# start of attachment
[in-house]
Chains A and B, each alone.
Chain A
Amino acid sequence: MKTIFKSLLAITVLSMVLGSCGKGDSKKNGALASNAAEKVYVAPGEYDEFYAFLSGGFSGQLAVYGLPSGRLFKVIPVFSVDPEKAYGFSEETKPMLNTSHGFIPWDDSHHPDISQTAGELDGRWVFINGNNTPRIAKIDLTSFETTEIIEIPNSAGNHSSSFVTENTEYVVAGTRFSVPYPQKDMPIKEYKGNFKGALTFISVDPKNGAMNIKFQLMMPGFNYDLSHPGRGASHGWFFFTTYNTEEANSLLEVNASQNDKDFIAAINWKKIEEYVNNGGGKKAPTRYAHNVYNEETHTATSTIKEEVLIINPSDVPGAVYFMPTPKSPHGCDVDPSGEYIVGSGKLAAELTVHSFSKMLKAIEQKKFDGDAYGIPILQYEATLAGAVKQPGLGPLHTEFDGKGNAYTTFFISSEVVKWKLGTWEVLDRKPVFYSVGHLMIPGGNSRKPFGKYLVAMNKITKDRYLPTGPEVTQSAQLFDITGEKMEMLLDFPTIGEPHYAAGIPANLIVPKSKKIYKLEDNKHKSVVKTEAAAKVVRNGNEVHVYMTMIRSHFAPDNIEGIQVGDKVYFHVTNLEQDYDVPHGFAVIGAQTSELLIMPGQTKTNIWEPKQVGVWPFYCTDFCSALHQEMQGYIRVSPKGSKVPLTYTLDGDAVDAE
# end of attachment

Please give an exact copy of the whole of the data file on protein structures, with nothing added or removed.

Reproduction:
[in-house]
Chains A and B, each alone.
Chain A
Amino acid sequence: MKTIFKSLLAITVLSMVLGSCGKGDSKKNGALASNAAEKVYVAPGEYDEFYAFLSGGFSGQLAVYGLPSGRLFKVIPVFSVDPEKAYGFSEETKPMLNTSHGFIPWDDSHHPDISQTAGELDGRWVFINGNNTPRIAKIDLTSFETTEIIEIPNSAGNHSSSFVTENTEYVVAGTRFSVPYPQKDMPIKEYKGNFKGALTFISVDPKNGAMNIKFQLMMPGFNYDLSHPGRGASHGWFFFTTYNTEEANSLLEVNASQNDKDFIAAINWKKIEEYVNNGGGKKAPTRYAHNVYNEETHTATSTIKEEVLIINPSDVPGAVYFMPTPKSPHGCDVDPSGEYIVGSGKLAAELTVHSFSKMLKAIEQKKFDGDAYGIPILQYEATLAGAVKQPGLGPLHTEFDGKGNAYTTFFISSEVVKWKLGTWEVLDRKPVFYSVGHLMIPGGNSRKPFGKYLVAMNKITKDRYLPTGPEVTQSAQLFDITGEKMEMLLDFPTIGEPHYAAGIPANLIVPKSKKIYKLEDNKHKSVVKTEAAAKVVRNGNEVHVYMTMIRSHFAPDNIEGIQVGDKVYFHVTNLEQDYDVPHGFAVIGAQTSELLIMPGQTKTNIWEPKQVGVWPFYCTDFCSALHQEMQGYIRVSPKGSKVPLTYTLDGDAVDAE